T-Bone and I go out for a date in the city on a chilly winter's evening. Dinner is at Grossi's Cellar Bar where we have a couple of delicious pastas – bolognese for the young man and wild mushroom pappardelle for myself, plus the requisite bowl of chips (to support Aussie potato farmers, of course).
Following dinner, on the way to a gelato joint, T-Bone spots a homeless woman sitting on Bourke Street. I try and shepherd him away – not out of any disrespect for her or the needy – but because I can sense what is coming next: questions, lots of questions. And awkwardness, lots of awkwardness. Because in T-Bone's world, there's no difference between her or a busker or one of his therapists. They are all a grown up source of information and curiousity.
I grab his hand and lead him away, but he spots her and is sucked into her gravitational pull.
"What are you doing there?"
"Aren't you cold?"
"What's this hat for?"
"Why is there money in there?"
Like I said, awkies. Who's meant to answer, me or her? And how does one answer this particularly pointed question:
"Why don't you just get a home?"
She's a good sport, but shit dude, way to throw your old man under a bus. Do I tell her he's autistic, or do I just fish out the loose change in my left pocket and hope that squares things up? Are coins acceptable after this interaction, or is this note-worthy?
I get him to hand over three bucks and finally prise him away. I guess it's not as bad as the time he asked a wheelchair-bound person, "why don't you just walk?", or indeed the time he went up to a dwarf, pointed and yelled, "Small! Small! Small!"
Thankfully it was my wife who managed the dwarf encounter. If it were me I would have just looked around and said, "Does anyone know whose kid this is?"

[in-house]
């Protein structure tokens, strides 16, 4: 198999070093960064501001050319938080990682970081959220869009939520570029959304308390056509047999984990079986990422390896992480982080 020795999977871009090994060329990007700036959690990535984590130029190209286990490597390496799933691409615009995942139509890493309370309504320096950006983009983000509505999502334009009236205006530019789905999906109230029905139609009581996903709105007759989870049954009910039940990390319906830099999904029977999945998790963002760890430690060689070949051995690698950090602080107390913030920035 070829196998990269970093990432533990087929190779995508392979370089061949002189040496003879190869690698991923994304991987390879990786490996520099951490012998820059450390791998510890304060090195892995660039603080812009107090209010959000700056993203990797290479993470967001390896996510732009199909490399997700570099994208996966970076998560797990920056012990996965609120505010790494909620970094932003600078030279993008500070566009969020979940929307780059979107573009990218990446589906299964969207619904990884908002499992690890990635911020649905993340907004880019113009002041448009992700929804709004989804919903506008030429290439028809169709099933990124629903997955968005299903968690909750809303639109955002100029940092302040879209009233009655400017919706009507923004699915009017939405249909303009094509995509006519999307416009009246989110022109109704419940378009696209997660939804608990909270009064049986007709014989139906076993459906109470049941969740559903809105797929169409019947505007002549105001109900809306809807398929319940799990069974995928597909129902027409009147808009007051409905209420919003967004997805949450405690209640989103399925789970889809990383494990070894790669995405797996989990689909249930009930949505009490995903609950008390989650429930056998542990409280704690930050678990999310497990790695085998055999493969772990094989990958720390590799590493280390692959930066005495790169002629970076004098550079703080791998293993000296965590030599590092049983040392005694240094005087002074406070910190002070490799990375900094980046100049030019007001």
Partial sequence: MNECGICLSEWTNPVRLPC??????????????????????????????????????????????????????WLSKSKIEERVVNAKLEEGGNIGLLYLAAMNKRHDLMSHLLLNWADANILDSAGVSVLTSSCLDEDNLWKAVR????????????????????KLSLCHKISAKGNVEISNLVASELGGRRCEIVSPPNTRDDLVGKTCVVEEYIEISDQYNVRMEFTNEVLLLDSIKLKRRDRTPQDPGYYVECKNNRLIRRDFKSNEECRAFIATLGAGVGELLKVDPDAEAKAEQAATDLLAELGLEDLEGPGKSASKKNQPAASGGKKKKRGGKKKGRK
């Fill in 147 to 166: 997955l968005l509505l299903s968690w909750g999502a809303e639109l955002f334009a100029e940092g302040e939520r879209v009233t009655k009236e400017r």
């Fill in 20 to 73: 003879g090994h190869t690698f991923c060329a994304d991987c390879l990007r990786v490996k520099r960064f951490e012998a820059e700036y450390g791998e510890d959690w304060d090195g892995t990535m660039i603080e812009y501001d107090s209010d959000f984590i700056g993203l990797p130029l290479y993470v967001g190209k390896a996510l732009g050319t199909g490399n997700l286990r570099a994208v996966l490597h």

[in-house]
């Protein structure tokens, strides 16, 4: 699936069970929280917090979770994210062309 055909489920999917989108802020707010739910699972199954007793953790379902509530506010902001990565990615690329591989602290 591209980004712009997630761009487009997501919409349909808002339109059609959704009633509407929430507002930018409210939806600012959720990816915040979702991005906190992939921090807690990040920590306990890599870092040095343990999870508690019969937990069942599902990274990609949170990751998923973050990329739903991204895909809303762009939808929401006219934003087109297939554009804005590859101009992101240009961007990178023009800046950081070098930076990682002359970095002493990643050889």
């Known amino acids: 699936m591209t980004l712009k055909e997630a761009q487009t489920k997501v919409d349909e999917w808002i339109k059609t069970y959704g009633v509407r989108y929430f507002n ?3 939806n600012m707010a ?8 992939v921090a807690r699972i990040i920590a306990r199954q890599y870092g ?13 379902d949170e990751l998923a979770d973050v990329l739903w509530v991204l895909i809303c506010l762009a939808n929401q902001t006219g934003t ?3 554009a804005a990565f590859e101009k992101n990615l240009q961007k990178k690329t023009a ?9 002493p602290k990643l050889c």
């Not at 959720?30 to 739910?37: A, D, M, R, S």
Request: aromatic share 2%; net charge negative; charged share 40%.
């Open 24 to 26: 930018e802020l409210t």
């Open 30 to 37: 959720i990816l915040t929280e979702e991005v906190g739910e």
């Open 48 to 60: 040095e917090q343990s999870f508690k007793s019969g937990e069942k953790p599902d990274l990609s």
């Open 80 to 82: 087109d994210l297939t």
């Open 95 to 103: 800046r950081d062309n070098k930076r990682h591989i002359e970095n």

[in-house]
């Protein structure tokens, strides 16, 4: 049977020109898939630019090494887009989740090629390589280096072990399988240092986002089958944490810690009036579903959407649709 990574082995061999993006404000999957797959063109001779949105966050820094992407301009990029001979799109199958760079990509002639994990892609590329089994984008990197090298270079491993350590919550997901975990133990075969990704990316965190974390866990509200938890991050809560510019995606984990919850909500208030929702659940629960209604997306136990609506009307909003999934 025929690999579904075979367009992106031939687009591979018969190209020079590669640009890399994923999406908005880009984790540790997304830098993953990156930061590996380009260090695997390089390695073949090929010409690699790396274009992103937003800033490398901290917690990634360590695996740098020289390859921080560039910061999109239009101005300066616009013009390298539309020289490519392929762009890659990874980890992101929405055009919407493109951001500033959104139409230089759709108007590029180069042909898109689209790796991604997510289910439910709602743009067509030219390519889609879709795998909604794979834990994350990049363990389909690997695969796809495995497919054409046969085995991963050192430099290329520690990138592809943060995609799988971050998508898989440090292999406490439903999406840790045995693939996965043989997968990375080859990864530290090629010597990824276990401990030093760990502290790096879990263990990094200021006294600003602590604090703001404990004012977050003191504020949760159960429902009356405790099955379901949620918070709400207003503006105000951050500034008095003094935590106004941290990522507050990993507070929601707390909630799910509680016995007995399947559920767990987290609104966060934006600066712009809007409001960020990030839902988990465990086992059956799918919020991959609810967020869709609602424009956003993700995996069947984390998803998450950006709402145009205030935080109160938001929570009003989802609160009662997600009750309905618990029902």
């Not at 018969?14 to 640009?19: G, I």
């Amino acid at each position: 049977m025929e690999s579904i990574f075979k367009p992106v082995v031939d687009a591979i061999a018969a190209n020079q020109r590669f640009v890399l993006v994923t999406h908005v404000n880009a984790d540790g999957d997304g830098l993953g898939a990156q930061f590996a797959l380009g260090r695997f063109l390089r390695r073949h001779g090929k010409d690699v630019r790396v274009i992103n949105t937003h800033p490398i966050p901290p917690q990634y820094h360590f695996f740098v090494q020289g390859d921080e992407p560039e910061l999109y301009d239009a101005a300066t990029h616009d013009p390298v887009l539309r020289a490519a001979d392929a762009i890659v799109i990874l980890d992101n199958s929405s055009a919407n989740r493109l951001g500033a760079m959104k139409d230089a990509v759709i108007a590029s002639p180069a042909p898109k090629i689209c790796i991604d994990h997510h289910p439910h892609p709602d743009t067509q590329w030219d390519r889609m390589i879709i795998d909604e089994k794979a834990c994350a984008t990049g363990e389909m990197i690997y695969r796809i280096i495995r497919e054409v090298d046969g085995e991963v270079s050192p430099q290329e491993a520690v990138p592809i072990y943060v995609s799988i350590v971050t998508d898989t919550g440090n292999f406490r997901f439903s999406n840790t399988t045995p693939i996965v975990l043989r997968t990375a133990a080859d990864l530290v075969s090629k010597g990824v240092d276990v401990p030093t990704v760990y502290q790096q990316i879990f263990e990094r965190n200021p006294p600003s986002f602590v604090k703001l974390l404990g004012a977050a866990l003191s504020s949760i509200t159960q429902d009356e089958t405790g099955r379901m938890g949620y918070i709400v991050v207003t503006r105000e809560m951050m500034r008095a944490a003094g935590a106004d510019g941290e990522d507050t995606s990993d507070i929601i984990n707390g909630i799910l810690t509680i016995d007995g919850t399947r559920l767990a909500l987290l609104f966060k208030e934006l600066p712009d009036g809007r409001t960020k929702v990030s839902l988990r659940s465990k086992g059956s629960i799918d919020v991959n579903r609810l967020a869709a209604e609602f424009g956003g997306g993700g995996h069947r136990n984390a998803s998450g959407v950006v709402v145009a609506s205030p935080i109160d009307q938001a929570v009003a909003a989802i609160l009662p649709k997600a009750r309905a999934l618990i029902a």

I said to my wife later, "you know what, she probably liked that T-Bone wanted to know why she was so small. I read about this on facebook all the time – disabled people and their carers like when kids go up to them and ask questions."
"Nah, she looked pretty pissed off."
Having been waylaid some, T-Bone and I finally make it to the gelato joint on Spring Street. The facade of Parliament House is a fine backdrop and he inquires as to the purpose and function of the grand building.
For someone who has a politics degree and worked in and around the public service for many years, the answer to the question, "what's Parliament?" should come pretty naturally to me, but it doesn't.
"Umm, that's where politicians work."
"What are politicians?"
"Ahh, they're people who do politics".
"It's about elections and stuff. Did you want a cup or a cone? What flavour? I think I might get hazelnut in a cup. What about you? Ooh, it's a pretty cold night to be having ice cream isn't it?"
Answering a question with a question (or lots of questions). Smart move, dad.
Then it dawns on me that this son of mine might make a visionary politician one day.
As Robert F. Kennedy said, "There are those that look at things the way they are, and ask why? I dream of things that never were, and ask why not?"
"Why don't you just get a home?"
"Why don't your parents just buy you a house?"
"Why doesn't the climate just stop changing?"
"Why don't people just stop killing each other?"
Why not, my little man, why not?